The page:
Friday, April 21, 2017

AUSTRALIA: Baptist Minister says, “Don’t be afraid of being called Islamophobic”

Baptist reverend George Capsis, born in Egypt, says Australia needs to deport Muslim extremists and stop taking in fundamentalist Muslims, saying the large-scale migration of hardline Islamofascists from the Middle East was a threat to Australian democracy.

UK Daily Mail  ‘We can’t have open slather like we used to. We’ve got to be more discerning,’ he told Daily Mail Australia on Wednesday. ‘We mustn’t be afraid to be called Islamophobic. We’ve got to be more careful in our immigration policy. If we do not protect the freedoms we have in this country, they’ll be eroded.’

Mr Capsis, a minister at Croydon in Sydney’s inner west, said Islamic migrant preachers were radicalizing the children of migrants and needed to be deported, echoing a call from Adelaide imam Sheikh Mohammad Tawhidi. ‘We probably should deport some people who preach hate,” he said.

His call comes only weeks after Hizb ut-Tahrir spokesman Uthman Badar, who was born in Pakistan, told a forum at Bankstown library, in south-west Sydney, that ex-Muslims deserved capital punishment. This same Islamic group, which wants a Muslim caliphate based on sharia law, also produced a video last week justifying domestic violence.

Sydney’s west is home to the hardline Sunni Ahlus Sunnah Wal Jamaah Association, whose preachers have described as sinful attending non-Muslim events, having non-Muslim friends and even using a public urinal.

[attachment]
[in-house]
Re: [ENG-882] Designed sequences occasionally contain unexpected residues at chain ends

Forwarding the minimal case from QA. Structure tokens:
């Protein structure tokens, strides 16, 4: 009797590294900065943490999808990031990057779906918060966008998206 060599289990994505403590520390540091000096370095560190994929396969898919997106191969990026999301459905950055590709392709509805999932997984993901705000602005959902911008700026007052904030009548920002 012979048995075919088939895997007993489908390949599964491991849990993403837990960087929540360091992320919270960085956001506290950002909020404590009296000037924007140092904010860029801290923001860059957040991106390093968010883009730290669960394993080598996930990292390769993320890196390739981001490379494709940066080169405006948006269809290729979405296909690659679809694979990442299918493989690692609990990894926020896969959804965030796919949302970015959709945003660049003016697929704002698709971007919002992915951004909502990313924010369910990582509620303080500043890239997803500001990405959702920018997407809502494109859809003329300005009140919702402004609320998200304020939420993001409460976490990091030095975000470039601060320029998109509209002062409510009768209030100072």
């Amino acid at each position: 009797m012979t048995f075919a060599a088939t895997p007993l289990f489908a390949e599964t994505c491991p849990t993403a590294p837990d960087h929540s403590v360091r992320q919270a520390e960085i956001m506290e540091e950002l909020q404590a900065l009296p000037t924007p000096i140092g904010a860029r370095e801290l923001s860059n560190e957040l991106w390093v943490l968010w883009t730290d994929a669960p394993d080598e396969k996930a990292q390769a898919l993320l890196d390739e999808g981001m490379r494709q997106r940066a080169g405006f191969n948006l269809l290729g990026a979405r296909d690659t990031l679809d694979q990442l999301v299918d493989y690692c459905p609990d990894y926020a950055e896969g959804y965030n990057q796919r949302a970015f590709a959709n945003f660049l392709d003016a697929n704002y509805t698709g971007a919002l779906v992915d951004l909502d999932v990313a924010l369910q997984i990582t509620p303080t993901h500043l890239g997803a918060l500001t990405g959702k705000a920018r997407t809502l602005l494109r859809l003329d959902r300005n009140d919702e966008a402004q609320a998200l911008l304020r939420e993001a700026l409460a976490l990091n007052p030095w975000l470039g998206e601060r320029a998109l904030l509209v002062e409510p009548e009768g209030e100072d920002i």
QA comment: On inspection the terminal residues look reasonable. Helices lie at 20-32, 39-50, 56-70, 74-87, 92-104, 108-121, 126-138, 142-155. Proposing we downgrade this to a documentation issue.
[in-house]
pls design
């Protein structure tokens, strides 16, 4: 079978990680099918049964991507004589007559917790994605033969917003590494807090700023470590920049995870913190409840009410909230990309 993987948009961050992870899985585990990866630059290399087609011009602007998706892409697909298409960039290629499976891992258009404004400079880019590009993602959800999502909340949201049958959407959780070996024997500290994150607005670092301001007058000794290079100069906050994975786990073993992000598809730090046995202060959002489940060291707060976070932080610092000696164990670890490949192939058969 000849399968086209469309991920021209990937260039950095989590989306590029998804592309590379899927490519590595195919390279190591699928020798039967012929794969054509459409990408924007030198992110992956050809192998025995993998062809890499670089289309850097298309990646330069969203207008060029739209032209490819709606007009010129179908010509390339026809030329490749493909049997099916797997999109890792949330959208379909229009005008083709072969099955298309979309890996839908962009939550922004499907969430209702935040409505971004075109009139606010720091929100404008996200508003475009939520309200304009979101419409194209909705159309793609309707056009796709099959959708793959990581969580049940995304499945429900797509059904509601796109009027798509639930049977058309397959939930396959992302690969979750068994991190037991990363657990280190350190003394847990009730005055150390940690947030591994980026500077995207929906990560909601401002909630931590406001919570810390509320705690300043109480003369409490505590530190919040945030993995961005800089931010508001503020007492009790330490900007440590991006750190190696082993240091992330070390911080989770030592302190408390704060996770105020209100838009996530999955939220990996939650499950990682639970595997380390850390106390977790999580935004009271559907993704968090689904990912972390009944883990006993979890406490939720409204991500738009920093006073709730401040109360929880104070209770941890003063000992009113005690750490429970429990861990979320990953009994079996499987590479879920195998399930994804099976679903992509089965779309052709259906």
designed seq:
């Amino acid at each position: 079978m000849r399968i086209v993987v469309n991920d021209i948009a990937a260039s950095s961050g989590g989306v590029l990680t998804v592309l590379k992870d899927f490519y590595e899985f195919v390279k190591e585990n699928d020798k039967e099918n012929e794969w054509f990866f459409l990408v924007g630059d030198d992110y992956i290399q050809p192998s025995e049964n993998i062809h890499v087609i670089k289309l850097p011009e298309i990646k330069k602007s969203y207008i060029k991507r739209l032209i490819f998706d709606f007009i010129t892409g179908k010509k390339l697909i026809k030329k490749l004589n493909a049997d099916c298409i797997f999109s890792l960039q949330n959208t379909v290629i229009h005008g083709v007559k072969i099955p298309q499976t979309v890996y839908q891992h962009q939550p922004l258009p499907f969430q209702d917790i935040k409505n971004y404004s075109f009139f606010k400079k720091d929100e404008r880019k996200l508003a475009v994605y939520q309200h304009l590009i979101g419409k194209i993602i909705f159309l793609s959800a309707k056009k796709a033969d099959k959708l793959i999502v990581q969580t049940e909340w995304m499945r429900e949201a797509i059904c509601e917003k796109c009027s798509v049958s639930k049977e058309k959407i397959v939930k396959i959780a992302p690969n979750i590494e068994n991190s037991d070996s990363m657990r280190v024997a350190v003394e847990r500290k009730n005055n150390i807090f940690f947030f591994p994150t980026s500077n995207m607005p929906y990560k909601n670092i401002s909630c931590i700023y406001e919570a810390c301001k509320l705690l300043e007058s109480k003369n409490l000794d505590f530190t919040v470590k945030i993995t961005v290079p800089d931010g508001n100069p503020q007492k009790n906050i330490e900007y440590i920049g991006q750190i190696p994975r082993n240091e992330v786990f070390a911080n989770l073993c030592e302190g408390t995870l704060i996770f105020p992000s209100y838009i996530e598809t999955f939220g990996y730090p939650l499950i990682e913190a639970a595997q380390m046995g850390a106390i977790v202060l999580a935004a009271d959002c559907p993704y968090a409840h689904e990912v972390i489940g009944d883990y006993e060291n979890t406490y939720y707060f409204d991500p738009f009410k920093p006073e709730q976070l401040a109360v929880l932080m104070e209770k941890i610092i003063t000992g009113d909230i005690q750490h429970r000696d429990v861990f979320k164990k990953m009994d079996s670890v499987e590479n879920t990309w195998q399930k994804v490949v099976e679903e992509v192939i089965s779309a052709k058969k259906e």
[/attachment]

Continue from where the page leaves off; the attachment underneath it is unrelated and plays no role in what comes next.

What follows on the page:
Mr Capsis, the 70-year-old son of Greek Orthodox parents who moved to Australia at age four from Egypt, said Islamic fundamentalism had never been a success. ‘Unlike Christianity, which has brought prosperity and civilization wherever it is established such as the U.S., the United Kingdom Australia, Islamic fundamentalism takes communities back to the dark ages,’ he said.

‘The evidence is pretty clear: the red flag is waving in our faces,’ Mr Capsis said. ‘Islam is now more culturally political than religious.’

A tipping point with radical Islamism had been reached in Australia, he said, with many people determined not to follow examples set in Europe. ‘The tide has turned. We’re going to see more Christian leaders come out and make a stand,’ he said. ‘We’ve got to protect ourselves. Australian society is not going to tolerate this anymore.’ 

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